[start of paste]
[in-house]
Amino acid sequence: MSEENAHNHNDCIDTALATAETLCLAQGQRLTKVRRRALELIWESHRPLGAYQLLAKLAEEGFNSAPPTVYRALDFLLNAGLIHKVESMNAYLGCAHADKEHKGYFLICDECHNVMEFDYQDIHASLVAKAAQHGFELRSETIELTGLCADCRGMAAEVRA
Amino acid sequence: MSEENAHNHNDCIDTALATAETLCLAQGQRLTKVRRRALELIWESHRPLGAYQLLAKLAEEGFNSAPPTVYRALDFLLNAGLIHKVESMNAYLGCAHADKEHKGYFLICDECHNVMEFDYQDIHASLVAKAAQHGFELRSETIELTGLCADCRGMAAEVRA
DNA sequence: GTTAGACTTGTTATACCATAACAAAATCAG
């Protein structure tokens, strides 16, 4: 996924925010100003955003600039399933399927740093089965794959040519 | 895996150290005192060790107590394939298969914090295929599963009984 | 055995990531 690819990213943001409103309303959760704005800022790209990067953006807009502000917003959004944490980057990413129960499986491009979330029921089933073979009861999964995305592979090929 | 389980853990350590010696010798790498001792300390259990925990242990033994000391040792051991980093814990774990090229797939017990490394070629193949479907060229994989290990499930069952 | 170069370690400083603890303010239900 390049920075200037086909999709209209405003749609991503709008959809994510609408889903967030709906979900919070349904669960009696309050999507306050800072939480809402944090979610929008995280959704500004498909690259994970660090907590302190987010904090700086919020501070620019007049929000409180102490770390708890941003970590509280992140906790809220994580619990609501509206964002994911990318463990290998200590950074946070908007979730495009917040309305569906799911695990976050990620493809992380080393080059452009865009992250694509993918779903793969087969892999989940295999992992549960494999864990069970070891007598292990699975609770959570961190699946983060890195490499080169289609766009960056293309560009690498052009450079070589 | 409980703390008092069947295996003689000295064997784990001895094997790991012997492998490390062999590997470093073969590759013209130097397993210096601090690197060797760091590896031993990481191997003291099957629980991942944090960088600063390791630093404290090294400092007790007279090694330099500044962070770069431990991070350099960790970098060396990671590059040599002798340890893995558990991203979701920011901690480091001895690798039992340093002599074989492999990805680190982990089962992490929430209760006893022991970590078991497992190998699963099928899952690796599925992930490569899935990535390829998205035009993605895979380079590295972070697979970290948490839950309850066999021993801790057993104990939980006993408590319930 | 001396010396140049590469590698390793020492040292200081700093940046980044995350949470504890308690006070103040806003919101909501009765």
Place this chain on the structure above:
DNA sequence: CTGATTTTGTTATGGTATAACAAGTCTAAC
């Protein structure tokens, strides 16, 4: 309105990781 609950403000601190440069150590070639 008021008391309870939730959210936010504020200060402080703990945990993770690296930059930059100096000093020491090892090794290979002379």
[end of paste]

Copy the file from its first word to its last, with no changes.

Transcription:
[in-house]
Amino acid sequence: MSEENAHNHNDCIDTALATAETLCLAQGQRLTKVRRRALELIWESHRPLGAYQLLAKLAEEGFNSAPPTVYRALDFLLNAGLIHKVESMNAYLGCAHADKEHKGYFLICDECHNVMEFDYQDIHASLVAKAAQHGFELRSETIELTGLCADCRGMAAEVRA
Amino acid sequence: MSEENAHNHNDCIDTALATAETLCLAQGQRLTKVRRRALELIWESHRPLGAYQLLAKLAEEGFNSAPPTVYRALDFLLNAGLIHKVESMNAYLGCAHADKEHKGYFLICDECHNVMEFDYQDIHASLVAKAAQHGFELRSETIELTGLCADCRGMAAEVRA
DNA sequence: GTTAGACTTGTTATACCATAACAAAATCAG
């Protein structure tokens, strides 16, 4: 996924925010100003955003600039399933399927740093089965794959040519 | 895996150290005192060790107590394939298969914090295929599963009984 | 055995990531 690819990213943001409103309303959760704005800022790209990067953006807009502000917003959004944490980057990413129960499986491009979330029921089933073979009861999964995305592979090929 | 389980853990350590010696010798790498001792300390259990925990242990033994000391040792051991980093814990774990090229797939017990490394070629193949479907060229994989290990499930069952 | 170069370690400083603890303010239900 390049920075200037086909999709209209405003749609991503709008959809994510609408889903967030709906979900919070349904669960009696309050999507306050800072939480809402944090979610929008995280959704500004498909690259994970660090907590302190987010904090700086919020501070620019007049929000409180102490770390708890941003970590509280992140906790809220994580619990609501509206964002994911990318463990290998200590950074946070908007979730495009917040309305569906799911695990976050990620493809992380080393080059452009865009992250694509993918779903793969087969892999989940295999992992549960494999864990069970070891007598292990699975609770959570961190699946983060890195490499080169289609766009960056293309560009690498052009450079070589 | 409980703390008092069947295996003689000295064997784990001895094997790991012997492998490390062999590997470093073969590759013209130097397993210096601090690197060797760091590896031993990481191997003291099957629980991942944090960088600063390791630093404290090294400092007790007279090694330099500044962070770069431990991070350099960790970098060396990671590059040599002798340890893995558990991203979701920011901690480091001895690798039992340093002599074989492999990805680190982990089962992490929430209760006893022991970590078991497992190998699963099928899952690796599925992930490569899935990535390829998205035009993605895979380079590295972070697979970290948490839950309850066999021993801790057993104990939980006993408590319930 | 001396010396140049590469590698390793020492040292200081700093940046980044995350949470504890308690006070103040806003919101909501009765």
Place this chain on the structure above:
DNA sequence: CTGATTTTGTTATGGTATAACAAGTCTAAC
């Protein structure tokens, strides 16, 4: 309105990781 609950403000601190440069150590070639 008021008391309870939730959210936010504020200060402080703990945990993770690296930059930059100096000093020491090892090794290979002379």